3 Sessions submitted to SQL Saturday in Salt Lake City

I am planning on visiting Salt Lake City for SQL Saturday in October.

Using a CTE in a Function to Split Up a Query String

The question came up as to how do I parse a query string using TSQL.  So here you go, using a common table expression, and basing this on a similar function to what I put together yesterday for split.

CREATE FUNCTION dbo.SplitQueryString (@s varchar(8000))
RETURNS table
AS
RETURN (
 WITH splitter_cte AS (
 SELECT CHARINDEX('&', @s) as pos, 0 as lastPos
 UNION ALL
 SELECT CHARINDEX('&', @s, pos + 1), pos
 FROM splitter_cte
 WHERE pos > 0
 ),
 pair_cte AS (
 SELECT chunk,
 CHARINDEX('=', chunk) as pos
 FROM (
 SELECT SUBSTRING(@s, lastPos + 1,
 case when pos = 0 then 80000
 else pos - lastPos -1 end) as chunk
 FROM splitter_cte) as t1
 )
 SELECT substring(chunk, 0, pos) as keyName,
 substring(chunk, pos+1, 8000) as keyValue
 FROM pair_cte
)
GO

declare @queryString varchar(2048)
set @queryString = 'foo=bar&temp=baz&key=value';
SELECT *
 FROM dbo.SplitQueryString(@queryString)
OPTION(MAXRECURSION 0);

which produces this output.

A quick and easy way to parse a query string  in TSQL using a CTE.

Using a CTE to Split a String Into Rows

One of the common questions that comes up in my CTE class/presentation asks can you use the CTE inside of a function or stored procedure. The answer is yes, but today I came across another question, how can I split a string (varchar) into rows. I did some searching but didn’t find quite what I was looking for. I did fine one CTE example, but I didn’t like the way it worked, so I decided to create my own Split function, using a recursive CTE to implement the split function.

Keep in mind that the OPTION(MAXRECURSION 0) does not go inside of the table valued function, be instead it goes in the query that calls the function.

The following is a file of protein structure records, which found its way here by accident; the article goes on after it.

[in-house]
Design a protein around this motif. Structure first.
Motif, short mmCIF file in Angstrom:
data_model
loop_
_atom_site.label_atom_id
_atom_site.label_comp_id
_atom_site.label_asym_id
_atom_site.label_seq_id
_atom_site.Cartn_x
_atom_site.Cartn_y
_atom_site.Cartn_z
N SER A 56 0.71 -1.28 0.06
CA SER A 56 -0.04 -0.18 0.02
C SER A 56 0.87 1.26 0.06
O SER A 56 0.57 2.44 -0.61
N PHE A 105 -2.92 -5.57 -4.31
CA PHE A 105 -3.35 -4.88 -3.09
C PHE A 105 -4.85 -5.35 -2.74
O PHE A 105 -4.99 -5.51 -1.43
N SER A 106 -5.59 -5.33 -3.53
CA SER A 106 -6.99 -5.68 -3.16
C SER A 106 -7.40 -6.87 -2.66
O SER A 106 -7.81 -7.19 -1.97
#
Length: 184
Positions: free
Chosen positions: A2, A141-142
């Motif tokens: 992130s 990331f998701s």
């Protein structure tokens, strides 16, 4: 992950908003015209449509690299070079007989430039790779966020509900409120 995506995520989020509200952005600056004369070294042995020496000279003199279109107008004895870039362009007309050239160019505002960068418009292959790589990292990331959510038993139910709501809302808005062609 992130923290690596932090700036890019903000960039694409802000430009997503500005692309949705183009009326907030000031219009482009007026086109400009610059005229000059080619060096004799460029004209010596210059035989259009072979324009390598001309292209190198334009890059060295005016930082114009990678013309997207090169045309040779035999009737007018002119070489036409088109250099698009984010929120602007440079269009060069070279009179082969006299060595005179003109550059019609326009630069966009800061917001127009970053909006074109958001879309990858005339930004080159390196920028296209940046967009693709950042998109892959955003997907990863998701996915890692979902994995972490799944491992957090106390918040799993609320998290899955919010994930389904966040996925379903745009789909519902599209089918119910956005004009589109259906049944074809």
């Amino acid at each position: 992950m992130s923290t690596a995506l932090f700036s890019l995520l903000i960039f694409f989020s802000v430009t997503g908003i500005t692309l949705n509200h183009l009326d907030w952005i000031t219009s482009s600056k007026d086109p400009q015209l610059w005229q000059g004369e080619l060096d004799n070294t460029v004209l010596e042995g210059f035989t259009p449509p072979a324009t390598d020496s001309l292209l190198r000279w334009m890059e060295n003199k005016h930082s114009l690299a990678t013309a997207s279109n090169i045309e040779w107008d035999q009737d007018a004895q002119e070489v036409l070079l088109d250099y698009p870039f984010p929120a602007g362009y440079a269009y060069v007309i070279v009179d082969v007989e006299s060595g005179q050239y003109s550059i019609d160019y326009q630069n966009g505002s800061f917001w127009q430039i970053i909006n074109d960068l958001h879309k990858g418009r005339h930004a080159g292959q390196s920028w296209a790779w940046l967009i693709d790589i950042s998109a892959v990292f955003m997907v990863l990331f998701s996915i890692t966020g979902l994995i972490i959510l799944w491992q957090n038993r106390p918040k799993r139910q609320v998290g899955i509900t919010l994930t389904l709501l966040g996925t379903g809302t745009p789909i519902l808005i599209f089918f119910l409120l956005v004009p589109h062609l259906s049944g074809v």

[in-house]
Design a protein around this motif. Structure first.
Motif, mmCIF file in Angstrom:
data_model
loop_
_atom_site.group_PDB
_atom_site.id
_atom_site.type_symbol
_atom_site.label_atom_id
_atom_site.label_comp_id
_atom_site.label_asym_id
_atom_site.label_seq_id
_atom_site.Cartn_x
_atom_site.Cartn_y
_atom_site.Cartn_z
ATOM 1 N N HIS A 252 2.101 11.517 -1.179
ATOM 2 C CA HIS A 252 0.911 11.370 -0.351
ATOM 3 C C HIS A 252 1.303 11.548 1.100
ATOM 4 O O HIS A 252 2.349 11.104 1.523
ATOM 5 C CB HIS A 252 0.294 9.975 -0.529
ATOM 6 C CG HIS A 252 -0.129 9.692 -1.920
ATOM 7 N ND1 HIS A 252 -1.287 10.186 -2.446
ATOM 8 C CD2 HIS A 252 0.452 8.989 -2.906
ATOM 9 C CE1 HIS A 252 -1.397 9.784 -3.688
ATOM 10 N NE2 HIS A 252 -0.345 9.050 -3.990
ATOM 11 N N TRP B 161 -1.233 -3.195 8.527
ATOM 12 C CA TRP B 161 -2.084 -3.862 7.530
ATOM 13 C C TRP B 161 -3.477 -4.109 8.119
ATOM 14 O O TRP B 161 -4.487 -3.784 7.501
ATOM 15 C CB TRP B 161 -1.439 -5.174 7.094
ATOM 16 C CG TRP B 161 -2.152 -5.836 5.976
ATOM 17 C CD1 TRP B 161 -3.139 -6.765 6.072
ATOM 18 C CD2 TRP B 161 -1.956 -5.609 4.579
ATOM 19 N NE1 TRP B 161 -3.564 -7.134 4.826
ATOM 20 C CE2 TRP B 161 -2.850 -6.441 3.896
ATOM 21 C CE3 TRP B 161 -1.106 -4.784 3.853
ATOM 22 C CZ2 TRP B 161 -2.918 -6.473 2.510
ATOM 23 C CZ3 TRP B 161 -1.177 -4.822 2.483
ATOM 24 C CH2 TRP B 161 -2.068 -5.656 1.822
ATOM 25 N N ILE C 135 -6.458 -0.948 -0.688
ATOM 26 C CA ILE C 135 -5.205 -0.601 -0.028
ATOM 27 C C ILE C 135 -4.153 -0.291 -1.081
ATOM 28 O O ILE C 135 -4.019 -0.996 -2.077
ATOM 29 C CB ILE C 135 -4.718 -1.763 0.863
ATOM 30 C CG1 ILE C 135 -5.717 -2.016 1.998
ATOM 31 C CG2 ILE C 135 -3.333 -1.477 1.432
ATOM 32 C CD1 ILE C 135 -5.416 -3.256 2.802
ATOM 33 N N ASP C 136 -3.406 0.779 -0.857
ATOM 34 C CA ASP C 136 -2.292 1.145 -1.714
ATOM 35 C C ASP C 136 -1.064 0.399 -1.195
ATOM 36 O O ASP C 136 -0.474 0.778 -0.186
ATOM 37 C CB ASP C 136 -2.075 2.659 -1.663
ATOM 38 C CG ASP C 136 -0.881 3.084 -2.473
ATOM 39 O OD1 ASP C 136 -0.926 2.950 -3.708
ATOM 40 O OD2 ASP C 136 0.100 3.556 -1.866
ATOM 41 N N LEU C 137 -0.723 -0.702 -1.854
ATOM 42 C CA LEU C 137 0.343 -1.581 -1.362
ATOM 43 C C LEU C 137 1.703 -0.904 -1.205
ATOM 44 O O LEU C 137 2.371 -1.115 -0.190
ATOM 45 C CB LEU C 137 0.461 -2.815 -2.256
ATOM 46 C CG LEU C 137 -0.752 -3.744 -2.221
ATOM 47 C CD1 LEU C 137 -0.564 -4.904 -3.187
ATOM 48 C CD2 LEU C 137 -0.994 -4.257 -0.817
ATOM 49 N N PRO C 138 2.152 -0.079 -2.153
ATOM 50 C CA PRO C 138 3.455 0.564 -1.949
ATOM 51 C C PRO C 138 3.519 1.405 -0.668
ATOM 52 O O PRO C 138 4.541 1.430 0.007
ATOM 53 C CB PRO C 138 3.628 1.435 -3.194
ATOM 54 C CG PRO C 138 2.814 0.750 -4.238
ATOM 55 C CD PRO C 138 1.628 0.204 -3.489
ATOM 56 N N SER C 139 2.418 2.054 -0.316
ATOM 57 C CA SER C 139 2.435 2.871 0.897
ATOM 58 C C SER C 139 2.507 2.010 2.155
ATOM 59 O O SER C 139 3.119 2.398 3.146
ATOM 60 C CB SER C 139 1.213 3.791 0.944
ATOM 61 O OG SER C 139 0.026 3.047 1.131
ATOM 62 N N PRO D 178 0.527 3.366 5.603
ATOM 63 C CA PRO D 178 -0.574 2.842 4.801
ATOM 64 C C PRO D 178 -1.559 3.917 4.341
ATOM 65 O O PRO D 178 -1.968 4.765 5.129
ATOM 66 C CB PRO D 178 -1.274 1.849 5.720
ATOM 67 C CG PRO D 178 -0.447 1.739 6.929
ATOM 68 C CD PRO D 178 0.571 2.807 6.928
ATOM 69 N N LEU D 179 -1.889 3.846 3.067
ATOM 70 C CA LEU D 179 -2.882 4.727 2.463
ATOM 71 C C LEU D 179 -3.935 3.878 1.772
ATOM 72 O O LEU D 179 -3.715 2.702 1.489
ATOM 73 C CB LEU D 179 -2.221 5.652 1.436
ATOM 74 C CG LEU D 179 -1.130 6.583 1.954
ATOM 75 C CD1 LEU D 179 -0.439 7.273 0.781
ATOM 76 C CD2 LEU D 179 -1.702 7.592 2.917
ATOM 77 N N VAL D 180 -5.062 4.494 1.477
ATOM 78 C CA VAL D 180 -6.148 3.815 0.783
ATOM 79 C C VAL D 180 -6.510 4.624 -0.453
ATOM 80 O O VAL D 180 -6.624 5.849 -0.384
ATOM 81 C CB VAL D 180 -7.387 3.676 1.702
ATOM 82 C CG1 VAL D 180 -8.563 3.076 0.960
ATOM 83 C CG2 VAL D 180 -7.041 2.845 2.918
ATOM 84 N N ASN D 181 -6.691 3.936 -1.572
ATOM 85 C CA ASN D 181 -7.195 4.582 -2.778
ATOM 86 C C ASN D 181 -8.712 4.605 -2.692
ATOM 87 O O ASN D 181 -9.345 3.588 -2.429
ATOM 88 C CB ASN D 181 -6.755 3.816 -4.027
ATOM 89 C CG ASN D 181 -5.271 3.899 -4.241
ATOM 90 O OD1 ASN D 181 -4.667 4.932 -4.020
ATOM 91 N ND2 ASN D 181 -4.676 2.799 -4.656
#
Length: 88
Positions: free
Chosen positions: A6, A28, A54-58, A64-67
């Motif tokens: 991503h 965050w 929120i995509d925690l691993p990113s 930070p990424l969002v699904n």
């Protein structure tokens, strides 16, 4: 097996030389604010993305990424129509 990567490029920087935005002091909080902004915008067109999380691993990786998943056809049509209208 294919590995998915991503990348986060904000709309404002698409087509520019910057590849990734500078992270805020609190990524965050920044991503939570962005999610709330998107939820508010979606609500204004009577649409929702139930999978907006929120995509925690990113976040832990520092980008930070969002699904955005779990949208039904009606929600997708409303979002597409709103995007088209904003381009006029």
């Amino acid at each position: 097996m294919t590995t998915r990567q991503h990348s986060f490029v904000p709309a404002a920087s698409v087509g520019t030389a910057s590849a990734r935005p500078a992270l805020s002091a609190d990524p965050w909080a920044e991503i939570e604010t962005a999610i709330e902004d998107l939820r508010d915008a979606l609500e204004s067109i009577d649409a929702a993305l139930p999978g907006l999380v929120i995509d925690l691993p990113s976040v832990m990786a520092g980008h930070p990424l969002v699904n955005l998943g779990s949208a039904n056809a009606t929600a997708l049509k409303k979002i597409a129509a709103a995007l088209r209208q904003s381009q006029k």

GO
CREATE FUNCTION dbo.Split (@sep char(1), @s varchar(8000))
RETURNS table
AS
RETURN (
    WITH splitter_cte AS (
      SELECT CHARINDEX(@sep, @s) as pos, 0 as lastPos
      UNION ALL
      SELECT CHARINDEX(@sep, @s, pos + 1), pos
      FROM splitter_cte
      WHERE pos > 0
    )
    SELECT SUBSTRING(@s, lastPos + 1,
                     case when pos = 0 then 80000
                     else pos - lastPos -1 end) as chunk
    FROM splitter_cte
  )
GO

SELECT *
  FROM dbo.Split(' ', 'the quick brown dog jumped over the lazy fox')
OPTION(MAXRECURSION 0);

which produced the following output.

chunk
---------------------
the
quick
brown
dog
jumped
over
the
lazy
fox
(9 row(s) affected)

There are programming tasks that can be accomplished easily with a Recursive Common Table Expression.

Finished my Draft Copy of my Chapter for SQL Tribal Knowledge book

I finished my draft copy of my chapter titled “Minimal Downtime and Minimal Risk SQL Server Upgrades” for the SQL Tribal Knowledge book. I am sure there will be some editing and cleanup to do, but for now I am calling the draft copy complete.

What a great experience getting this chapter together. I hope that the other writers had as much fun with it as I did. Lots of creative ideas when into this chapter. I am looking forward to reading all the other chapters.

Now looking for the next new project to work on.